- Major Spike In Online Voter Registrations Following Facebook Promotion
- October 1 Shredding Event Scheduled By Friends Of Newtown Seniors
- Murtha Resigns From Pension Committee
- Stratford PD Issues Silver Alerts 14-Year-Old Stratford Girl, 14-Year-Old Boy
- Police List Accident-Prone Intersections
- DOT Approves Traffic Signal For Hazardous Berkshire Road Intersection
- NHS Auditorium Renovation Project Completion May Be In June
The new FunSpace II, Dickinson Memorial Park Playground is now open, but with some sections that still need work.
Anthony and Julian Bello chased through wooden ramps and tunnels, slipped down slides, and peered over the railing leading to the central turret Monday afternoon. Also out enjoying the warm August sunshine were young friends Julia Dimyan and Sara Ruddy who paused in their play on the newly opened and freshly turfed play space. Beyond the central structure, reminiscent of the original FunSpace’s wooden construction, were Tyler and Morgan Drap, swinging on a hammock-like round structure.
The brand-new playground, within the town park at 50 Elm Drive, had been dedicated on July 26. The new playground, called FunSpace II, is a replacement for the former FunSpace, which was built in 1989. The former playground was razed last year due to age and deteriorating condition.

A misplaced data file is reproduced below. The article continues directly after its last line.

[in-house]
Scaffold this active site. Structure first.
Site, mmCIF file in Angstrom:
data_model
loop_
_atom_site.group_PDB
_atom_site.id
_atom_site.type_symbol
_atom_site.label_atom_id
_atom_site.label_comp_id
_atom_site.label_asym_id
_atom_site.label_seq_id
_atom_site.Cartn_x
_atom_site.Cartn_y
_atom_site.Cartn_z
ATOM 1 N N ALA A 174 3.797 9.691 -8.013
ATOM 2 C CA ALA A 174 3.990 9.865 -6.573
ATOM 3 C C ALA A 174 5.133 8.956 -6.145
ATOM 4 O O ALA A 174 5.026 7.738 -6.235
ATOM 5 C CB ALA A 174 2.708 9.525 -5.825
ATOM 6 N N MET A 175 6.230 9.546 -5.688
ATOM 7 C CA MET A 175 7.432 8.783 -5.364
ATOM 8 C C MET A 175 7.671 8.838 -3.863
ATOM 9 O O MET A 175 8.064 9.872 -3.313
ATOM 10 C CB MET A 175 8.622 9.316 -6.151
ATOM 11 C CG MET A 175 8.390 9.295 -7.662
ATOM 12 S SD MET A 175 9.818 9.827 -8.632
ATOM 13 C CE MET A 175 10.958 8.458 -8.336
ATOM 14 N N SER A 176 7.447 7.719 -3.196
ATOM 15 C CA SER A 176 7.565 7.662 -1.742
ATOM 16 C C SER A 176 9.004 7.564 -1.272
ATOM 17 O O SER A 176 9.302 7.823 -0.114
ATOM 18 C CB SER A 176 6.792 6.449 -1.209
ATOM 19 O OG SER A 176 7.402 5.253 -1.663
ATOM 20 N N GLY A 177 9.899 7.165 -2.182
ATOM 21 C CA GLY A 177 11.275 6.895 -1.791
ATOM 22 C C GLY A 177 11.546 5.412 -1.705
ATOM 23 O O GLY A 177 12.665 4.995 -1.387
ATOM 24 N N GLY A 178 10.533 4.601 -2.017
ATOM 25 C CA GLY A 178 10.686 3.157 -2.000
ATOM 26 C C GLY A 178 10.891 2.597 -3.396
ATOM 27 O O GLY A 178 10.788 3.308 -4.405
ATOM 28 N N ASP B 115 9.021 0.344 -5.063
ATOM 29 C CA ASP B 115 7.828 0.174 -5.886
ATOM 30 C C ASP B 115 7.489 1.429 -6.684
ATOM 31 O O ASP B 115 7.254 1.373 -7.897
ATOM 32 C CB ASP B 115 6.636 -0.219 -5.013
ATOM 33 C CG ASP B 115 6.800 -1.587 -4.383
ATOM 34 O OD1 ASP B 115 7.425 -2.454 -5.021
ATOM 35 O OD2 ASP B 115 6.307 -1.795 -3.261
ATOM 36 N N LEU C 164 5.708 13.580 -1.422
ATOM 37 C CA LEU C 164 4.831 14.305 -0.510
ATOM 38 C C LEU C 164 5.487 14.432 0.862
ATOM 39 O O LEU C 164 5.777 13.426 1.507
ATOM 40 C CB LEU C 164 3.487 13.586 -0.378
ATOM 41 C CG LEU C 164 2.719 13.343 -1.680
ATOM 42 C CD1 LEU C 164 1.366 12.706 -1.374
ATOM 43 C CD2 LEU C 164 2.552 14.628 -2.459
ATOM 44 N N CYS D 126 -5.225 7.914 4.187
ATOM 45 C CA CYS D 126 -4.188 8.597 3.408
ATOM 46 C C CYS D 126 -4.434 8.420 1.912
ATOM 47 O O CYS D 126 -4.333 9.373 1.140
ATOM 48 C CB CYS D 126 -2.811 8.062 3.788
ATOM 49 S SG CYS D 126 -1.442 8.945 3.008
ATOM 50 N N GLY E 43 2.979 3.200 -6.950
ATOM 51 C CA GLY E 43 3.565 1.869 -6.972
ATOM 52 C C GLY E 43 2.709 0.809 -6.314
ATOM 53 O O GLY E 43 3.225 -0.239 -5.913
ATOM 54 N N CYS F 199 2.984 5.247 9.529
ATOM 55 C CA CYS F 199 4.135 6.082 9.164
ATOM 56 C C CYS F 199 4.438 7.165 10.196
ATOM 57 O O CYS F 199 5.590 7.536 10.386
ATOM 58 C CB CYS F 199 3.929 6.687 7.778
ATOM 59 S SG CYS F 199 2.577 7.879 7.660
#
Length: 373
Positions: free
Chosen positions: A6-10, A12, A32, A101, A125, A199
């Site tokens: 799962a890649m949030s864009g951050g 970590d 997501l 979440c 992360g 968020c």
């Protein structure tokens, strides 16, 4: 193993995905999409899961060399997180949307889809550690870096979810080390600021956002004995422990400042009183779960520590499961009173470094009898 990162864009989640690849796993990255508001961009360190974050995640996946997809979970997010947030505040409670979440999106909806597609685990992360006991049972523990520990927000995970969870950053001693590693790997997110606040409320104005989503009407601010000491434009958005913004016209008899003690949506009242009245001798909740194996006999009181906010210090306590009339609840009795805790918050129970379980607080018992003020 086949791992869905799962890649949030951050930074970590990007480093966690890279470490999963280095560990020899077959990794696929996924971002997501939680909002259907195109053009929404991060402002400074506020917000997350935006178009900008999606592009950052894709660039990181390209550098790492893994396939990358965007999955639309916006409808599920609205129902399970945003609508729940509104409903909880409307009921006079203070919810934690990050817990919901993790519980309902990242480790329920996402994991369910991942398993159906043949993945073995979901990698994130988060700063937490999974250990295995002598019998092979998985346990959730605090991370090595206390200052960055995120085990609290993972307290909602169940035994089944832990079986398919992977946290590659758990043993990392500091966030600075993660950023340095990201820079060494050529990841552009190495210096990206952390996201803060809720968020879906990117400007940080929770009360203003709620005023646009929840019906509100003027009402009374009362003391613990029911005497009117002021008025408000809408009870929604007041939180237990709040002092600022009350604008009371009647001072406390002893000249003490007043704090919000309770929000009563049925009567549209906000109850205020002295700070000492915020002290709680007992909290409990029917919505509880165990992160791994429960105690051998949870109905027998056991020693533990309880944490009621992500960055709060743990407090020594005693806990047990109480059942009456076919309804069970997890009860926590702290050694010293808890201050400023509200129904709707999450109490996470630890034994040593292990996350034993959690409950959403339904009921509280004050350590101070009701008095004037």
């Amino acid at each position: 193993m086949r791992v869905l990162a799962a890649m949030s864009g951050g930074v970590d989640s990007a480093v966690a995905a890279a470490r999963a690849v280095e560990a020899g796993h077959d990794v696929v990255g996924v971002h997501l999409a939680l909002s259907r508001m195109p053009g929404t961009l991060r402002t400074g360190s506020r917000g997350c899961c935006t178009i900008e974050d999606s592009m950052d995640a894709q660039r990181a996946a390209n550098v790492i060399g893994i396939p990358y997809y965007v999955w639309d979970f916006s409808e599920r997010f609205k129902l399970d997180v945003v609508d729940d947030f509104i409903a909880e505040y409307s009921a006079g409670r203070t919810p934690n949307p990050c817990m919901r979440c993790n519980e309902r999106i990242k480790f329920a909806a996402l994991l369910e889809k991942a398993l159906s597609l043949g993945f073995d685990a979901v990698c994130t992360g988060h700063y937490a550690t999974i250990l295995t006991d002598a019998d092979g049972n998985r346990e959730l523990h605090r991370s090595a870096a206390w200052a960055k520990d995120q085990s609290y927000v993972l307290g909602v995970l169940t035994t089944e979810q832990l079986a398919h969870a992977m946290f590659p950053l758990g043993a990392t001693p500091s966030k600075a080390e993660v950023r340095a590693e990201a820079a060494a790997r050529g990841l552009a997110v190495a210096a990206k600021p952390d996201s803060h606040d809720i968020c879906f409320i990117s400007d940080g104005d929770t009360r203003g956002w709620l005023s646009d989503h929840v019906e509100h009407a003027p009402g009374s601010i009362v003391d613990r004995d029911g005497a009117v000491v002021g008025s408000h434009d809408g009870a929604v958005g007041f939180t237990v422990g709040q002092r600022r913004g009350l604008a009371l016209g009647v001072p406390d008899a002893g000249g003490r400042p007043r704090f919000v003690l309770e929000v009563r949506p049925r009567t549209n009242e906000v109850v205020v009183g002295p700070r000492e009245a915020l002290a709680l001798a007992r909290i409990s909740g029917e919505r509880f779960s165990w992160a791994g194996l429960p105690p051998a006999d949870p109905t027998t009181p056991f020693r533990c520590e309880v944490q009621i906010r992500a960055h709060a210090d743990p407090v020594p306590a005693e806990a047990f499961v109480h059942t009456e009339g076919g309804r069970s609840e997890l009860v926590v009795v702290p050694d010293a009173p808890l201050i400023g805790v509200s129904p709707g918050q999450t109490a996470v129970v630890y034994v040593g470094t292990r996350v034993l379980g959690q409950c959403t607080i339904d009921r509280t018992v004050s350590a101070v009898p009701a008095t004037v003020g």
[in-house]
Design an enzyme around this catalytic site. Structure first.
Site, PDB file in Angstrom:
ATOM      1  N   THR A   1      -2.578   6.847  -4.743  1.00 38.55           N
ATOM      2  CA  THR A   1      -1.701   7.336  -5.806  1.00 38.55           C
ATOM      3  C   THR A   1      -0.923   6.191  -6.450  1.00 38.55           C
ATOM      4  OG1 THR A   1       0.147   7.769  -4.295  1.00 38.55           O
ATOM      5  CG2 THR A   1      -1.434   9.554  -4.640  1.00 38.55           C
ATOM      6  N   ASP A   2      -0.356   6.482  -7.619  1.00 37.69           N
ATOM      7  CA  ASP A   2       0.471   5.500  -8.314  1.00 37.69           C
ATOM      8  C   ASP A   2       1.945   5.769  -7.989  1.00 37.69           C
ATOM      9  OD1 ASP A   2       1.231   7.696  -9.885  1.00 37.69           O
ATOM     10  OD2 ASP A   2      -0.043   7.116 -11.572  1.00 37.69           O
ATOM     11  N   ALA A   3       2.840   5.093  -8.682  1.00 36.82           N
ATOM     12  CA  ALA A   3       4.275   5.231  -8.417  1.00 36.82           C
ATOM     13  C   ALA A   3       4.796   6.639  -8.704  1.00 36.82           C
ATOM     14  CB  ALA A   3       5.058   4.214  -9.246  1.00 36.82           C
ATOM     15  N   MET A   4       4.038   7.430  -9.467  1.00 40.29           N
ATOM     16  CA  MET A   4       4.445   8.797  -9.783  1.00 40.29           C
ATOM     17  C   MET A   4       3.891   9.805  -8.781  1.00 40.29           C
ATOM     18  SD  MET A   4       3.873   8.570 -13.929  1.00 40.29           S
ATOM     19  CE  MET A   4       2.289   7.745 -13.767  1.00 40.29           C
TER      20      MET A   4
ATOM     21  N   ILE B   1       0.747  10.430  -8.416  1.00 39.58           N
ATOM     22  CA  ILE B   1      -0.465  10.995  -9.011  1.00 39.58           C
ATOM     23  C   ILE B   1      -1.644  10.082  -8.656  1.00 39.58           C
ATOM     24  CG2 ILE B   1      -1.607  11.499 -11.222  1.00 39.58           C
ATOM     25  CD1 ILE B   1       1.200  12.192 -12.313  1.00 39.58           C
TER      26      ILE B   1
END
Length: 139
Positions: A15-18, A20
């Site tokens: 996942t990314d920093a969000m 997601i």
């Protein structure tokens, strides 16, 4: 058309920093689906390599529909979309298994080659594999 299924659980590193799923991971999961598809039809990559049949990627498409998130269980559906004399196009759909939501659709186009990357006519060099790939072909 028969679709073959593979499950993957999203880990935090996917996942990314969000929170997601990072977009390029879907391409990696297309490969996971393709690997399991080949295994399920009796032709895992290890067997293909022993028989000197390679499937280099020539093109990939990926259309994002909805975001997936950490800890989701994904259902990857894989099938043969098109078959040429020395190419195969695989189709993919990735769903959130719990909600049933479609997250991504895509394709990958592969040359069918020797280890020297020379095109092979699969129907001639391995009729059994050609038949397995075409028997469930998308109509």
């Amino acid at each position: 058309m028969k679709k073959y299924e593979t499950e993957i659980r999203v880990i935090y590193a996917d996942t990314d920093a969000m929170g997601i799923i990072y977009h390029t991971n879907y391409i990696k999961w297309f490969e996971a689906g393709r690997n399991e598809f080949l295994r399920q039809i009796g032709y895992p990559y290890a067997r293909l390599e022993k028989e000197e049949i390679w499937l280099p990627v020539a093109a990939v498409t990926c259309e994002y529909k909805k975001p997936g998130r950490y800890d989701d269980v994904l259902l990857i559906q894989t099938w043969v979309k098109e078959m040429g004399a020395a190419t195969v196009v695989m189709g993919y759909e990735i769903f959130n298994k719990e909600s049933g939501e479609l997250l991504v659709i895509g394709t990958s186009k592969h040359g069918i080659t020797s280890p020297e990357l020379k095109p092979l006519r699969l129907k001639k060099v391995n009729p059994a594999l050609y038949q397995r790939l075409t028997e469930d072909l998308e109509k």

Although the new playground was dedicated, the facility was not completely finished in late July, and although it is not 100 percent complete, residents enjoyed the playground this week.
When a date for the formal dedication was announced in July, Parks & Rec Director Amy Mangold had indicated that the event would take place even if the playground was not completely finished. Supporters of the project, including New York resident Marc Pintel and family, “who were greatly devoted to helping Newtown,” Ms Mangold said, would be traveling to Newtown “to see how their donation [and those of others have] so wonderfully impacted the scope and success of this playground.”
During the formal event on July 26, guests learned that the playground would be open for only a few hours that day. Children played under adult supervision. The event also offered live music and refreshments.
Private donations and town Capital Improvement Plan funds made the new, nearly $800,000 project made possible.
Ms Mangold had described the final project, spreading over roughly 1.5 acres, as having natural elements, climbing stones, built-in musical instruments, a zip line, and ADA accessibility, while retaining the familiar feel of the wooden play features with new play value and elements and a water area with sand.
The new play area will offer “an environment that provides a great way to help restore our familiar feel of Dickinson FunSpace but reconnect children with nature and imaginative play,” she had said in past conversations about this project.